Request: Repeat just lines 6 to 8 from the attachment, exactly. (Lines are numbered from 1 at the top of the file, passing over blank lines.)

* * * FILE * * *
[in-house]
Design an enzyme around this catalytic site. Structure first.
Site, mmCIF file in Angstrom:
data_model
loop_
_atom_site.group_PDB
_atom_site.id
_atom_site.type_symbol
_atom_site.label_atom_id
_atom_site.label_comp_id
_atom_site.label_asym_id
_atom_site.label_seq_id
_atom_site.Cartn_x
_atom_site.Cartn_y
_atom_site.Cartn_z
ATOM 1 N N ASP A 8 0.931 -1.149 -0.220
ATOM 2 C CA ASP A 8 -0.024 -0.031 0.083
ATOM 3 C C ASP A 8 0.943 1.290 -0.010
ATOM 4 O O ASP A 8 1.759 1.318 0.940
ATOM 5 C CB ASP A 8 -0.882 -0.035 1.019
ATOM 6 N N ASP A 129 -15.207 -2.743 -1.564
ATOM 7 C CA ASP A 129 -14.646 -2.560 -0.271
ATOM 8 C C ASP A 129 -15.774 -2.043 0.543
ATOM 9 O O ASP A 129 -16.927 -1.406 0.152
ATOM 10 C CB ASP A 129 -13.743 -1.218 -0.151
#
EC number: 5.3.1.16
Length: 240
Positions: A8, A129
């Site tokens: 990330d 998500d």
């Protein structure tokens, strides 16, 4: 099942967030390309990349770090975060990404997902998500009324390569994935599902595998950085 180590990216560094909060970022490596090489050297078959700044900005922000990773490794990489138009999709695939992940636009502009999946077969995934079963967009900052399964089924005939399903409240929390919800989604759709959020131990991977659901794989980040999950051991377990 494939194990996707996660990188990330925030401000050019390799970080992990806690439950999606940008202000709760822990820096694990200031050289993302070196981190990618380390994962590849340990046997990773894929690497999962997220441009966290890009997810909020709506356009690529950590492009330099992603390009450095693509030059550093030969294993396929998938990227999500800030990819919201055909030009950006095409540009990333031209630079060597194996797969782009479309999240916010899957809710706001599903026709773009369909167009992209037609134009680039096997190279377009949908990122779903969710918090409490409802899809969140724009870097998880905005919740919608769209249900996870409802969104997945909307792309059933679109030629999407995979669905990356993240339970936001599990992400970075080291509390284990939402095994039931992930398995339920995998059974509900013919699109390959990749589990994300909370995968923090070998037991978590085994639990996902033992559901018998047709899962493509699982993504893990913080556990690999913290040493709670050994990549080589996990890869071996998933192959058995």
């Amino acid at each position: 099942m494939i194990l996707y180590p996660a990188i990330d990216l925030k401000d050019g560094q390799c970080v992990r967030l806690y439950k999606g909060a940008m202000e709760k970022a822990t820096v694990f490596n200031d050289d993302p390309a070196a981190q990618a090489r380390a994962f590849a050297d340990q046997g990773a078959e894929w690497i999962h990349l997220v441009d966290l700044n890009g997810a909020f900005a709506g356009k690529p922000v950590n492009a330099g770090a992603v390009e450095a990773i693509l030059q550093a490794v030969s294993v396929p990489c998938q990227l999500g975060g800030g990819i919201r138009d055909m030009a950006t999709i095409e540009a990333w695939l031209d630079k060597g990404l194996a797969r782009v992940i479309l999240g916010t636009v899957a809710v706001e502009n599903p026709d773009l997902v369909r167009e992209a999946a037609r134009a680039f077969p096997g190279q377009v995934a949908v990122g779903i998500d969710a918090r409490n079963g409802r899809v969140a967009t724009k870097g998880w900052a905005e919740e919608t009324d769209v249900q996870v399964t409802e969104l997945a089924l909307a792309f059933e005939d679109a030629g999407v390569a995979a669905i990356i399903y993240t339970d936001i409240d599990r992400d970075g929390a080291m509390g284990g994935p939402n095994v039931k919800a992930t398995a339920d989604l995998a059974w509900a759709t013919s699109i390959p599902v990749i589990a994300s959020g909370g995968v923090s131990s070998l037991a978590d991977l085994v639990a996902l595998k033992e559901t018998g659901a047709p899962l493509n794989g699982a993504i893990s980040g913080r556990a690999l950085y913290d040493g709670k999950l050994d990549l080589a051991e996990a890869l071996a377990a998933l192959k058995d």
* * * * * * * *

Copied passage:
_atom_site.group_PDB
_atom_site.id
_atom_site.type_symbol